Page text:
Ford Axes The Shelby GT350 And GT350R, But It’s Not All Bad News

The limited-run 'Heritage Edition' was a final send-off for the model

In more Ford news beyond the recent leadership change, another mainstay for the past few years is bowing out for 2020: the Mustang Shelby GT350. The herald of the high-revving “Voodoo” flat-plane-crank V-8 that first debuted in 2015 is rolling off into the sunset.

Ford issued a statement confirming the model will be discontinued Thursday. “With the 760 horsepower Shelby GT500 now in full stride, we will finish production of Shelby GT350 and GT350R this fall as planned.”

When it first launched five years ago, the Shelby GT350 was a serious step over the standard Mustang GT. That engine produces 526 horsepower and 429 lb-ft of torque, and — lest anyone think this isn’t an enthusiast’s car — comes exclusively with a six-speed manual transmission. Now, it’s a solid stepping stone between the GT and the Shelby GT500, but stock will likely dry up soon after the last GT350 rolls off the assembly line.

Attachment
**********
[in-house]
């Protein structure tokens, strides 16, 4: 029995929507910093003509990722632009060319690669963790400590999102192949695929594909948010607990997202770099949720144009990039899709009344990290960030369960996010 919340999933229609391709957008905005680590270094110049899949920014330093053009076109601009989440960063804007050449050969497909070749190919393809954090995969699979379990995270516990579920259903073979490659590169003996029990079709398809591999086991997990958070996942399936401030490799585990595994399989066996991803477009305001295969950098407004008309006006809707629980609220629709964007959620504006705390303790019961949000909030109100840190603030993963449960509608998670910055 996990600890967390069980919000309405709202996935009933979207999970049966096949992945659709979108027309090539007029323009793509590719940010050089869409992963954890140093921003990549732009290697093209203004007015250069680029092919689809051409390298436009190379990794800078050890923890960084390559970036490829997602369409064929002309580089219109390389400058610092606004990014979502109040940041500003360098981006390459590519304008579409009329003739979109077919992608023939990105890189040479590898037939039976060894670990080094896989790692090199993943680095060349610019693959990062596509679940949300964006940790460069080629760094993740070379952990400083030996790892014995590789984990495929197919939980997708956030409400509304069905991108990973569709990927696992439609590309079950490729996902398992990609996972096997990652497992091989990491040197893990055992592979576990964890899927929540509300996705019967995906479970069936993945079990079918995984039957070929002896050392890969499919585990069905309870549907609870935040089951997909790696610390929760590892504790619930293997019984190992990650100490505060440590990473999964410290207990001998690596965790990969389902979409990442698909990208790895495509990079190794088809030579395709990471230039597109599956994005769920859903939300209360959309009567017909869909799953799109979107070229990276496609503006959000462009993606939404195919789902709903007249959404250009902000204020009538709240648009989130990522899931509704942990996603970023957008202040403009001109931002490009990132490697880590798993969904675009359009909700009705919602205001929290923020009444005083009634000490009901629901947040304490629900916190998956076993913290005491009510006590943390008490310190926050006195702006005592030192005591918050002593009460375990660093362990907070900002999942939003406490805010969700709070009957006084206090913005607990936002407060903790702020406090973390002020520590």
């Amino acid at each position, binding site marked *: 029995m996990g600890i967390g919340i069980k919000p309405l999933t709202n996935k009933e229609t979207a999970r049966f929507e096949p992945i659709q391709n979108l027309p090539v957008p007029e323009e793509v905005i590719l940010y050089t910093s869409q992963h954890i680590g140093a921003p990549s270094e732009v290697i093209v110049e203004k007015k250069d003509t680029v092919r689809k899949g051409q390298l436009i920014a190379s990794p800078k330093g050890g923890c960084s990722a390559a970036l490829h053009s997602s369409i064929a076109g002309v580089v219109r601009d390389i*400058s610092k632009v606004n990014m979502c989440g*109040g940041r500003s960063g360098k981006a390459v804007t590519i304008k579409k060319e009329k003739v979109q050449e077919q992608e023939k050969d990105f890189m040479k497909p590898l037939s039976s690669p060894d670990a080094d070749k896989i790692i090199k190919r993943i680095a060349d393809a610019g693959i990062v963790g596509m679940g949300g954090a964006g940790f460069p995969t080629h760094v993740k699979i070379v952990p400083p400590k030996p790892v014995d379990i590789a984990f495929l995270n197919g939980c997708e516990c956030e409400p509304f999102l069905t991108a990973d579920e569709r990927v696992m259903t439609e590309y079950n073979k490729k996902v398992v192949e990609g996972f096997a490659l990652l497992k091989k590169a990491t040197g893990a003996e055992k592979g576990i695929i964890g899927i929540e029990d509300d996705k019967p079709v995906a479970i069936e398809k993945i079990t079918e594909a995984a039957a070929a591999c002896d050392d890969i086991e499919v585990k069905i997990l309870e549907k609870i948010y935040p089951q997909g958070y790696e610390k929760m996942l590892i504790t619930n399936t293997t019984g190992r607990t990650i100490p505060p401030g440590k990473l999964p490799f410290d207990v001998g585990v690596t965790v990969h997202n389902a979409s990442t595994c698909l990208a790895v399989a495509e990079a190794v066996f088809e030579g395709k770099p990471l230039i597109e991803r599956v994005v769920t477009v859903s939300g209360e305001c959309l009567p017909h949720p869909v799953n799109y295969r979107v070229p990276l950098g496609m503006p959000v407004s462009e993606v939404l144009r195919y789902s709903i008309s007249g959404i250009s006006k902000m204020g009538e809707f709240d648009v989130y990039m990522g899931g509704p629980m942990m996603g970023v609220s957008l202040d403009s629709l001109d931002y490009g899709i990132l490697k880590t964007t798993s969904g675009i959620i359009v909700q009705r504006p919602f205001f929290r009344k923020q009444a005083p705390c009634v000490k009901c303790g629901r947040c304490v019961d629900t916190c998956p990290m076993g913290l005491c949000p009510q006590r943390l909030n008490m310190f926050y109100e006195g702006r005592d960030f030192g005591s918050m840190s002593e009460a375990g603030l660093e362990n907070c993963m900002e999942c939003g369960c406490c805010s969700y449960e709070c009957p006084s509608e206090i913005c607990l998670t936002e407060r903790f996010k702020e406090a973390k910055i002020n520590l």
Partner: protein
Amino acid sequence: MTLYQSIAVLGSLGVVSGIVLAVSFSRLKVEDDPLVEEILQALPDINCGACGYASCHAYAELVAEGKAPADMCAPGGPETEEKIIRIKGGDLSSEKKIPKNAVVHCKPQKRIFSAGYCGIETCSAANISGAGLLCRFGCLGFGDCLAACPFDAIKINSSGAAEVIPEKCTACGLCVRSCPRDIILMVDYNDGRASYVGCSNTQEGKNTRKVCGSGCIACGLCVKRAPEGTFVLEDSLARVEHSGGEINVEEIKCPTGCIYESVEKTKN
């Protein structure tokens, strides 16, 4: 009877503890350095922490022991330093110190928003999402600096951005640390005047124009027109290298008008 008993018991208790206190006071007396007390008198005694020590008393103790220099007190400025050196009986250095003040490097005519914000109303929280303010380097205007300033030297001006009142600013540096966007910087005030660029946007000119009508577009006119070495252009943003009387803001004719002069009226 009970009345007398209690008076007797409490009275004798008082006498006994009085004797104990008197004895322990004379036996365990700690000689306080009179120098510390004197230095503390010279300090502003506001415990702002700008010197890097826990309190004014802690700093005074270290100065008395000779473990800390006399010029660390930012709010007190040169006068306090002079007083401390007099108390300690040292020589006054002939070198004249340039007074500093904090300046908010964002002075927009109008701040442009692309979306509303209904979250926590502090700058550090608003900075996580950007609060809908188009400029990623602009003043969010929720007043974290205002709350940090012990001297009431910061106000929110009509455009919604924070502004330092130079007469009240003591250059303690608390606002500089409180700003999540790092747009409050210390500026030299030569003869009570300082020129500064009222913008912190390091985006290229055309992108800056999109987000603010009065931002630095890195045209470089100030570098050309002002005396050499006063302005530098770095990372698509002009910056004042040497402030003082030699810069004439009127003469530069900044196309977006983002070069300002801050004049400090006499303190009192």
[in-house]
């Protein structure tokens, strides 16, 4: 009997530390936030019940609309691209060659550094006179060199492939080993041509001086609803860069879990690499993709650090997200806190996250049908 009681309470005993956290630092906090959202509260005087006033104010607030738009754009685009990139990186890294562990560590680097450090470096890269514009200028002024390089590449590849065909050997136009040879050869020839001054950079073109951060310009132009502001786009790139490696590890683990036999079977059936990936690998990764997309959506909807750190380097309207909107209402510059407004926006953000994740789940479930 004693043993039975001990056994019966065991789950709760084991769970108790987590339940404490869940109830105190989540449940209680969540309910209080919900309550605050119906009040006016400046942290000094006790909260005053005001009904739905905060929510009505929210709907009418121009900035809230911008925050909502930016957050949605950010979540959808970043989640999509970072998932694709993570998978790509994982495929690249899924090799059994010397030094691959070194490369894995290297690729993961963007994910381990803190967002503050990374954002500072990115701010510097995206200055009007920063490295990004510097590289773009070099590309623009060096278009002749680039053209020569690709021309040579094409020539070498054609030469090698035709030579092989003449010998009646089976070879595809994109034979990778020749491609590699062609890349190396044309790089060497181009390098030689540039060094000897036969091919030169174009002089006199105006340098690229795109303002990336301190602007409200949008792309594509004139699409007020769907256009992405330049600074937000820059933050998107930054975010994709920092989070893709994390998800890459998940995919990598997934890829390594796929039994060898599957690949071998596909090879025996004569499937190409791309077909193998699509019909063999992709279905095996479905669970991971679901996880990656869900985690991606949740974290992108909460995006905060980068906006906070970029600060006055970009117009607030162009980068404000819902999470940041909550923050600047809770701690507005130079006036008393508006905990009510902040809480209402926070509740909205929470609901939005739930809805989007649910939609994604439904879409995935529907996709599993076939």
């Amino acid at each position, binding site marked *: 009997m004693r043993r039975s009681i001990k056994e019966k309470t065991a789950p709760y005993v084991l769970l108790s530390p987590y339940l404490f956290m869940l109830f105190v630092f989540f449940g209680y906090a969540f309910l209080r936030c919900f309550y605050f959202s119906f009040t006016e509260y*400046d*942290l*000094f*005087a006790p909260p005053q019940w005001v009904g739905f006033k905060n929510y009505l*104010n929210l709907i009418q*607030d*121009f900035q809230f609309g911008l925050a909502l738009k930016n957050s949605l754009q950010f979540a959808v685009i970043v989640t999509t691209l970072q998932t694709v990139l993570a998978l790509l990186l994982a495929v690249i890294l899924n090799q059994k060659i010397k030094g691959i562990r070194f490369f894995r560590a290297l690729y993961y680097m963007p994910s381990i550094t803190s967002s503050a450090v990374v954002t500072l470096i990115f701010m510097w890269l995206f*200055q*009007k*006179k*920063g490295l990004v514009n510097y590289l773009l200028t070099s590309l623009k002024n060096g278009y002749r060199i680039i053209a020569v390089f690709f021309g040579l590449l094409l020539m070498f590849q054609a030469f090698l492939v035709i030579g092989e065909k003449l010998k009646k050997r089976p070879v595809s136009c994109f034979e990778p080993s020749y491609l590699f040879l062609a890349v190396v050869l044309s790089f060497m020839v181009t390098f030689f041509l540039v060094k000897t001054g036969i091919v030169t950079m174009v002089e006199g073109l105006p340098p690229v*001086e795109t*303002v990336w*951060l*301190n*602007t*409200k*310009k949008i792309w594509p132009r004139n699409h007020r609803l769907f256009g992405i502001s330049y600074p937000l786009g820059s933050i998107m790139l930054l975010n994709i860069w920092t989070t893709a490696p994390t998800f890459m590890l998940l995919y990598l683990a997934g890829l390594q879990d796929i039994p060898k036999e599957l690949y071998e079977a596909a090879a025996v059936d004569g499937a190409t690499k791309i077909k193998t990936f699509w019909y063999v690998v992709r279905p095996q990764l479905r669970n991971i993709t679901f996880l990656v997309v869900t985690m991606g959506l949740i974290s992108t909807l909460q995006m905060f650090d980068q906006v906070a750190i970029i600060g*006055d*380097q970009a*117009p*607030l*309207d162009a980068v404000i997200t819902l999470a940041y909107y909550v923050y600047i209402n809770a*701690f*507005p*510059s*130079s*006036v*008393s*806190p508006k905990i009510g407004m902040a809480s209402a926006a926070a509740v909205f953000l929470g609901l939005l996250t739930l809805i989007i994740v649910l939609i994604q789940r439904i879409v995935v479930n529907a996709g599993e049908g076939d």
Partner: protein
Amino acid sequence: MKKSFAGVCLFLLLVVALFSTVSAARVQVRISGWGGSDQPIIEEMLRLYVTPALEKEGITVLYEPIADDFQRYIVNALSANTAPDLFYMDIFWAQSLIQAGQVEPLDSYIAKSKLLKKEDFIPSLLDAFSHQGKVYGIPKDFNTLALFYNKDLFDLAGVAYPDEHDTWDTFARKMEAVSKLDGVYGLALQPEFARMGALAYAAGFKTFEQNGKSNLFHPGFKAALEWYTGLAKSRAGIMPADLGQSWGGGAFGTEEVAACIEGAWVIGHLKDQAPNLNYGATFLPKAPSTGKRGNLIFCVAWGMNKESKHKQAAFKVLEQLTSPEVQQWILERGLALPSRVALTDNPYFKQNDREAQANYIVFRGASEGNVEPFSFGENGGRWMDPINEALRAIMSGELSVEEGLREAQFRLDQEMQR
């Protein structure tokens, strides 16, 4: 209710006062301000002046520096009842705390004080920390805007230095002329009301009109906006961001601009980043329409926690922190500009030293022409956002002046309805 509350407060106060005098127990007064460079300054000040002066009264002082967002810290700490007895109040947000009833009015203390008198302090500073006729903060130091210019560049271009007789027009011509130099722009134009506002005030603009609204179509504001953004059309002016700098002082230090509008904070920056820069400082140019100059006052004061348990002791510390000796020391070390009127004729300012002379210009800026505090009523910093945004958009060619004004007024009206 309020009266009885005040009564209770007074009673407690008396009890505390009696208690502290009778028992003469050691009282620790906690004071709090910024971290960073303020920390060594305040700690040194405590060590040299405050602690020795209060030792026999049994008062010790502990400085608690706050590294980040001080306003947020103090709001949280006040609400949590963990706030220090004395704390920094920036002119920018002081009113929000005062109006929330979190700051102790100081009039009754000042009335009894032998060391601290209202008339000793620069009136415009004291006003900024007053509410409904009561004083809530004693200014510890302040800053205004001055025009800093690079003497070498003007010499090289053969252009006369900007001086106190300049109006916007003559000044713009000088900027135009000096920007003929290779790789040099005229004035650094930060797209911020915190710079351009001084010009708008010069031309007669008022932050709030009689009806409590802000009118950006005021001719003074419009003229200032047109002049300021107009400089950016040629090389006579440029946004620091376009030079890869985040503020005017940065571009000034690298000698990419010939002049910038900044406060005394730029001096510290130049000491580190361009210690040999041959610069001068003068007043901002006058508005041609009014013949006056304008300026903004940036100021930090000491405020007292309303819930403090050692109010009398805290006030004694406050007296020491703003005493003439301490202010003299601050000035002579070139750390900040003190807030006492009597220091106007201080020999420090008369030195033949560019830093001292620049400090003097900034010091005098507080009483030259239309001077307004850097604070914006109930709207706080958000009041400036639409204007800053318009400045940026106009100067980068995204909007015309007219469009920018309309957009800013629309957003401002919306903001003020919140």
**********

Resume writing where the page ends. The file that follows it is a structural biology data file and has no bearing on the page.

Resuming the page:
In case you didn’t already know, Shelby GT350 is a masterpiece among Mustangs. So if you have the means, to quote a certain cult classic, we highly recommend picking one up. Before long, this car will almost certainly be a collector’s item.

There’s a new Mustang (trim) coming next year

Still, Ford doesn’t plan to leave that gap unfilled in 2021. The GT350’s passing “makes the way for new additions to excite our passionate Mustang fans for the 2021 model year — including the limited-edition Mach 1.”

It’s not just the GT350 with a different name, albeit the Mach 1 does borrow several parts from its predecessor. The 5.2-liter V-8 won’t make an appearance here, instead using the 5.0-liter Coyote engine instead. Ford is currently mum on exactly how much power it makes (future product and all that). Needless to say though, it has some properly large shoes to fill.

But why is the Mach 1 itself a “limited edition”? Word has it the next-generation Mustang is coming after 2021, where we’ll see a complete revamp of Ford’s iconic pony car. Even bigger changes could be in store there, including electrification. For now, at least, the V-8s continue their thunderous charge on America’s streets, with the GT500 now being the last Shelby-branded model in the current lineup.